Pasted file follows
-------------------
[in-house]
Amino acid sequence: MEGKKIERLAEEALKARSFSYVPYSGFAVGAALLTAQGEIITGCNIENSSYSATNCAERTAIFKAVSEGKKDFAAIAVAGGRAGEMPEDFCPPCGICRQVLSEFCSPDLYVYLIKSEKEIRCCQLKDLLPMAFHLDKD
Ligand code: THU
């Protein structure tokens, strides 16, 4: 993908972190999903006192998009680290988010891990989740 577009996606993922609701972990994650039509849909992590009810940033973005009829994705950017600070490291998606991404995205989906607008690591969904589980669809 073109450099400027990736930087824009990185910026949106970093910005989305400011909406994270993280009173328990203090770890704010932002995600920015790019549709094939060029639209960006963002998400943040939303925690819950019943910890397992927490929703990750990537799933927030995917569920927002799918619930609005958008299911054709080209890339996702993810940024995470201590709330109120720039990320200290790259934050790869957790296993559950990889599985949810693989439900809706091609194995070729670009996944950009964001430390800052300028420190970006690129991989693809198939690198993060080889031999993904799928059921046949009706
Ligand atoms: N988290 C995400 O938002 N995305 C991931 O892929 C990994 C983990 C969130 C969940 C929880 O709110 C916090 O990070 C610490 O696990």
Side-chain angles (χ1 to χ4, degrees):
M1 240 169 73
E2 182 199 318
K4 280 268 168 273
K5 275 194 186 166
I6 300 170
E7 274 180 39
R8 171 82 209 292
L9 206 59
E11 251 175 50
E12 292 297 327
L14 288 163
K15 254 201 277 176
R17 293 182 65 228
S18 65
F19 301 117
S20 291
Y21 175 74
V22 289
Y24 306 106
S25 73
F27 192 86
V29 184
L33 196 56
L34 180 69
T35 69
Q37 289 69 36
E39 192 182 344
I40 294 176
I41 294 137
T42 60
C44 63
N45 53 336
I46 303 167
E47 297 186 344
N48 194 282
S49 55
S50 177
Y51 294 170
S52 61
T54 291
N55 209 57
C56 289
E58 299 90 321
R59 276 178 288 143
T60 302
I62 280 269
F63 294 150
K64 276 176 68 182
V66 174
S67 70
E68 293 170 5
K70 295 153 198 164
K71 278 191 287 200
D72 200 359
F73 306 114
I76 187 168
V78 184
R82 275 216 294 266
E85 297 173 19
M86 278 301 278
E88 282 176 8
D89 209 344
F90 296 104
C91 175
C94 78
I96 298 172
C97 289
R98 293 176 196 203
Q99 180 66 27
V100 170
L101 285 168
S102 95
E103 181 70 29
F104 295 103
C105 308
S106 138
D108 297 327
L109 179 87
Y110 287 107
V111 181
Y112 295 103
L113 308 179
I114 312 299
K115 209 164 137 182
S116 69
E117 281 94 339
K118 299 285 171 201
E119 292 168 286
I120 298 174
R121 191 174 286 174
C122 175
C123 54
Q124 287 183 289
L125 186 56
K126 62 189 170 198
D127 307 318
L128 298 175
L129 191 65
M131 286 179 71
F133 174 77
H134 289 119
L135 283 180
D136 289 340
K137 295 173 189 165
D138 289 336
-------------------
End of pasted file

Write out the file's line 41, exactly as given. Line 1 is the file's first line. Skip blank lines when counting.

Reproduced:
N48 194 282